How to Check the Health of Your Tyres


Considering how big a role tyres play not just in the way a car feels to drive, but also in its safety, they are too often overlooked when it comes to servicing. Whether it’s because it’s kind of hard to determine when a tyre has gone bad, or because they are costly to replace, many people often fail to pay proper attention to the health of their tyres. It’s a shame, because this short-sightedness could have terrible consequences.

You only have hang around a tyre shop for five minutes to be regaled by tales of accidents that could have been avoided if only the driver had taken some time to make sure his tyres where in proper working order. Granted, it is not easy to tell when the right time to get a new set of tyres is, but there is no excuse for missing out the obvious signs that anyone can detect if only they take the time to check for them. There is also no excuse as to the time it takes to go down to the tyre shop because these days you can buy them safely online. Vendors like  tyre-guru.ie even supply you with a handy tool to make sure you get the right size tyre for your car. So even those who know nothing about how a tyre is measured cannot possibly go wrong.

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As for what you need to look for on regular basis to eliminate, or at least lower the chance of occurring, incidents that have to do with a faulty tyre, here are some of the most glaring. The first and foremost sign of a tyre being on its last legs is the depth of its tread. Most experts will tell you that when the tread is down to 3 or 4 millimeters you need to start thinking about set. But recent independent tests have shown that you are OK down to 2mm. At any rate, it is better to be safe than sorry.

Now, not everyone has the measuring tools to gauge the depth of tread on a tyre. No worries, though, because all you need to make an educated guess is a small coin, a 20p or a nickel or whatever is considered small change in your neck of the woods. Just slide the coin into the tread. If the image on the coin disappears into the rubber, you are more than fine. But if more than half of the coin sticks out, that means the tyre has lost way too much meat. You should also keep an eye out for uneven wear, caused by bad alignment or steering system, or general suspension issues.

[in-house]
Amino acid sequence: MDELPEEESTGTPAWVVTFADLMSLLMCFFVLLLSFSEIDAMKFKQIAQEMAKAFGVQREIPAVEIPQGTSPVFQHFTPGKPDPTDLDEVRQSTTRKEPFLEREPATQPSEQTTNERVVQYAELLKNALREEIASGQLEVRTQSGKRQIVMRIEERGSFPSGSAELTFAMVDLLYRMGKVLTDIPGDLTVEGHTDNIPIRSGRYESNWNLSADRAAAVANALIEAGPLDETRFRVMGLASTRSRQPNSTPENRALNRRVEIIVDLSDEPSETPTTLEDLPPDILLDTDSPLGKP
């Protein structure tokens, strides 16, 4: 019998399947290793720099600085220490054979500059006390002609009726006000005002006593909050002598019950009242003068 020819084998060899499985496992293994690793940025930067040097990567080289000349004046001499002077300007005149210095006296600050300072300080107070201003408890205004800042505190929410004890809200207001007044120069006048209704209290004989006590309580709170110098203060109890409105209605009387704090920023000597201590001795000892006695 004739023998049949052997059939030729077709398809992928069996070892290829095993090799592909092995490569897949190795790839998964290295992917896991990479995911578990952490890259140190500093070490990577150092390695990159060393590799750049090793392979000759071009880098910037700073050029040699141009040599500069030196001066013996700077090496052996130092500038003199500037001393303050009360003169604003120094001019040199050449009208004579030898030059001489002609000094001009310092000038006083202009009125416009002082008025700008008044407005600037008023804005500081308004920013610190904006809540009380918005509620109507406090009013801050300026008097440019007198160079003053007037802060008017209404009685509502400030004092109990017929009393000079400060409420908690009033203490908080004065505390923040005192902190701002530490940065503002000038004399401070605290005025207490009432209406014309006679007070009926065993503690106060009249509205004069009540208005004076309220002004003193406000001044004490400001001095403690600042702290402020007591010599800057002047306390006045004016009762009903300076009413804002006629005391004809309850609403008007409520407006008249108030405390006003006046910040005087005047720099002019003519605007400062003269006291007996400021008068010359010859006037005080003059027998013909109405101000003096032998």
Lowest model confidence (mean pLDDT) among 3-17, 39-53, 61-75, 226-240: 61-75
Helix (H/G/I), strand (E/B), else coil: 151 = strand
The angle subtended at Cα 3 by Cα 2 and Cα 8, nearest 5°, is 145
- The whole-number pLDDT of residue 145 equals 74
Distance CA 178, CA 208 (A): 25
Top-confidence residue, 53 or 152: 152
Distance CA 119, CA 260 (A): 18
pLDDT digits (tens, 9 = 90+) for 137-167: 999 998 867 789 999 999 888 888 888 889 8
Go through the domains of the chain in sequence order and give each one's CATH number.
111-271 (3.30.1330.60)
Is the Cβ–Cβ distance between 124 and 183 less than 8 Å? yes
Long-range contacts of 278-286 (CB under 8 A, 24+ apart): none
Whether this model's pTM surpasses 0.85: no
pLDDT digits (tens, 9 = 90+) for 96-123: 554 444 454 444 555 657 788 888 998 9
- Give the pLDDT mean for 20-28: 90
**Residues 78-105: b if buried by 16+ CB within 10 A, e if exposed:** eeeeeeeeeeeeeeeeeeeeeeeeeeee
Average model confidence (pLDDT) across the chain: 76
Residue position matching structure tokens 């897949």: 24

What you want to do is turn the front wheels all the way to one side and have a good look all around the tyre, especially the inner walls, then turn them to the other side and repeat the process. And while you are at it, also see if you can spot any chunks missing from the rubber or any unusual indentations.  These are caused by potholes and they tend to happen on the inside of the tyre out of direct sight, which makes them difficult to spot. That is why you need to make a habit of thoroughly checking the tyres every once in a while. When checking for these faults, you may see foreign objects lodged inside the treads. They may not seem like a big deal, but take them out as over time with the tread getting thinner they could end up causing a puncture or at the very least let the air out of the tyre little by little. And that brings us to the most obvious advice of them all: keep your tyres properly inflated at all times.

It pays to remember these tips when one is buying a second-hand car. As far as maintenance costs go, tyres are often at the top of the list. They are costly items, so it helps if you don’t have to worry about them for a time. What’s more, wretched tyres could tell you a lot about the overall condition of the car and how it was treated by the previous owner.

Last but not least, keep an eye out for the expiry date on your tyres, especially if you own or want to get an older car. Yes, tyres do have them and they are written clearly on the sidewall for a reason. Not taking the usage into account, tyres are usually good for between four to six years.